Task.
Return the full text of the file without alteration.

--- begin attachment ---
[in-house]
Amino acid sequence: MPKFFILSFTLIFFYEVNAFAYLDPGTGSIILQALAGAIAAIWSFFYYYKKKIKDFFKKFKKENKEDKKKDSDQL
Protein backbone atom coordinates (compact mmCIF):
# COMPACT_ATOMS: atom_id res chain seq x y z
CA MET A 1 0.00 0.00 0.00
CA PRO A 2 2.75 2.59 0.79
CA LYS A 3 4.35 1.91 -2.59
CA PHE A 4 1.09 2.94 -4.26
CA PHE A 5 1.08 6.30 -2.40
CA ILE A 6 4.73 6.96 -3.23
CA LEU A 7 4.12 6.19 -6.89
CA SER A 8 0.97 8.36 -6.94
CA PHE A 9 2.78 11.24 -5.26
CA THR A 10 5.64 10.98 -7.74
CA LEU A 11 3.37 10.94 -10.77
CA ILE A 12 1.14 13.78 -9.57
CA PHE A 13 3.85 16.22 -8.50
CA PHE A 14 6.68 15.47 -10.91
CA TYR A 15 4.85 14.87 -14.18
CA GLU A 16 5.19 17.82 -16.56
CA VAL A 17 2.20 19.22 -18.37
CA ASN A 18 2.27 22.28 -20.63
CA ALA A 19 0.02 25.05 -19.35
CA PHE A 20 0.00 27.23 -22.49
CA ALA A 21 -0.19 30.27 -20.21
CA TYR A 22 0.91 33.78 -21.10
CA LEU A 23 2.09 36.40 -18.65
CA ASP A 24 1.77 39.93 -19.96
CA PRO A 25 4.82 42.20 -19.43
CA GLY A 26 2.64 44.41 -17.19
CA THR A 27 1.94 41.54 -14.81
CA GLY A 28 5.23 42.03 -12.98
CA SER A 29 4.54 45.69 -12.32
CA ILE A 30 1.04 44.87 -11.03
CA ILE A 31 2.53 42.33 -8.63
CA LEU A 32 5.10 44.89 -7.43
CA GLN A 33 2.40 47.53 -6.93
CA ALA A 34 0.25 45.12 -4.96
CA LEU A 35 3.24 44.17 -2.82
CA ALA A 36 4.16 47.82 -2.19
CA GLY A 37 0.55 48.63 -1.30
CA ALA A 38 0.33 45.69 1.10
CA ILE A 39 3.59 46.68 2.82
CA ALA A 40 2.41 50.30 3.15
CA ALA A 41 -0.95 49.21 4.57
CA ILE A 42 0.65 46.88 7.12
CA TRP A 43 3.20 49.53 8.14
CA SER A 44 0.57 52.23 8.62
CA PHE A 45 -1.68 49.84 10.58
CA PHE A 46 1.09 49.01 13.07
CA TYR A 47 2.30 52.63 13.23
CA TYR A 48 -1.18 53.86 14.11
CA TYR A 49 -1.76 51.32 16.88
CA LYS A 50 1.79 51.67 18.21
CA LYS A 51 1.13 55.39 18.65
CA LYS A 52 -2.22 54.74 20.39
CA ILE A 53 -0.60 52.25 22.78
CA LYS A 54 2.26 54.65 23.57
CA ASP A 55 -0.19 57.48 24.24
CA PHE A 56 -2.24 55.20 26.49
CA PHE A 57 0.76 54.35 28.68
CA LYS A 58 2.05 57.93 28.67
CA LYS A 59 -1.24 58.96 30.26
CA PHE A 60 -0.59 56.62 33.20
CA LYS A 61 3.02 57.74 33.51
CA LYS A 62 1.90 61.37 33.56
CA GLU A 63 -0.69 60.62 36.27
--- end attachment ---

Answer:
[in-house]
Amino acid sequence: MPKFFILSFTLIFFYEVNAFAYLDPGTGSIILQALAGAIAAIWSFFYYYKKKIKDFFKKFKKENKEDKKKDSDQL
Protein backbone atom coordinates (compact mmCIF):
# COMPACT_ATOMS: atom_id res chain seq x y z
CA MET A 1 0.00 0.00 0.00
CA PRO A 2 2.75 2.59 0.79
CA LYS A 3 4.35 1.91 -2.59
CA PHE A 4 1.09 2.94 -4.26
CA PHE A 5 1.08 6.30 -2.40
CA ILE A 6 4.73 6.96 -3.23
CA LEU A 7 4.12 6.19 -6.89
CA SER A 8 0.97 8.36 -6.94
CA PHE A 9 2.78 11.24 -5.26
CA THR A 10 5.64 10.98 -7.74
CA LEU A 11 3.37 10.94 -10.77
CA ILE A 12 1.14 13.78 -9.57
CA PHE A 13 3.85 16.22 -8.50
CA PHE A 14 6.68 15.47 -10.91
CA TYR A 15 4.85 14.87 -14.18
CA GLU A 16 5.19 17.82 -16.56
CA VAL A 17 2.20 19.22 -18.37
CA ASN A 18 2.27 22.28 -20.63
CA ALA A 19 0.02 25.05 -19.35
CA PHE A 20 0.00 27.23 -22.49
CA ALA A 21 -0.19 30.27 -20.21
CA TYR A 22 0.91 33.78 -21.10
CA LEU A 23 2.09 36.40 -18.65
CA ASP A 24 1.77 39.93 -19.96
CA PRO A 25 4.82 42.20 -19.43
CA GLY A 26 2.64 44.41 -17.19
CA THR A 27 1.94 41.54 -14.81
CA GLY A 28 5.23 42.03 -12.98
CA SER A 29 4.54 45.69 -12.32
CA ILE A 30 1.04 44.87 -11.03
CA ILE A 31 2.53 42.33 -8.63
CA LEU A 32 5.10 44.89 -7.43
CA GLN A 33 2.40 47.53 -6.93
CA ALA A 34 0.25 45.12 -4.96
CA LEU A 35 3.24 44.17 -2.82
CA ALA A 36 4.16 47.82 -2.19
CA GLY A 37 0.55 48.63 -1.30
CA ALA A 38 0.33 45.69 1.10
CA ILE A 39 3.59 46.68 2.82
CA ALA A 40 2.41 50.30 3.15
CA ALA A 41 -0.95 49.21 4.57
CA ILE A 42 0.65 46.88 7.12
CA TRP A 43 3.20 49.53 8.14
CA SER A 44 0.57 52.23 8.62
CA PHE A 45 -1.68 49.84 10.58
CA PHE A 46 1.09 49.01 13.07
CA TYR A 47 2.30 52.63 13.23
CA TYR A 48 -1.18 53.86 14.11
CA TYR A 49 -1.76 51.32 16.88
CA LYS A 50 1.79 51.67 18.21
CA LYS A 51 1.13 55.39 18.65
CA LYS A 52 -2.22 54.74 20.39
CA ILE A 53 -0.60 52.25 22.78
CA LYS A 54 2.26 54.65 23.57
CA ASP A 55 -0.19 57.48 24.24
CA PHE A 56 -2.24 55.20 26.49
CA PHE A 57 0.76 54.35 28.68
CA LYS A 58 2.05 57.93 28.67
CA LYS A 59 -1.24 58.96 30.26
CA PHE A 60 -0.59 56.62 33.20
CA LYS A 61 3.02 57.74 33.51
CA LYS A 62 1.90 61.37 33.56
CA GLU A 63 -0.69 60.62 36.27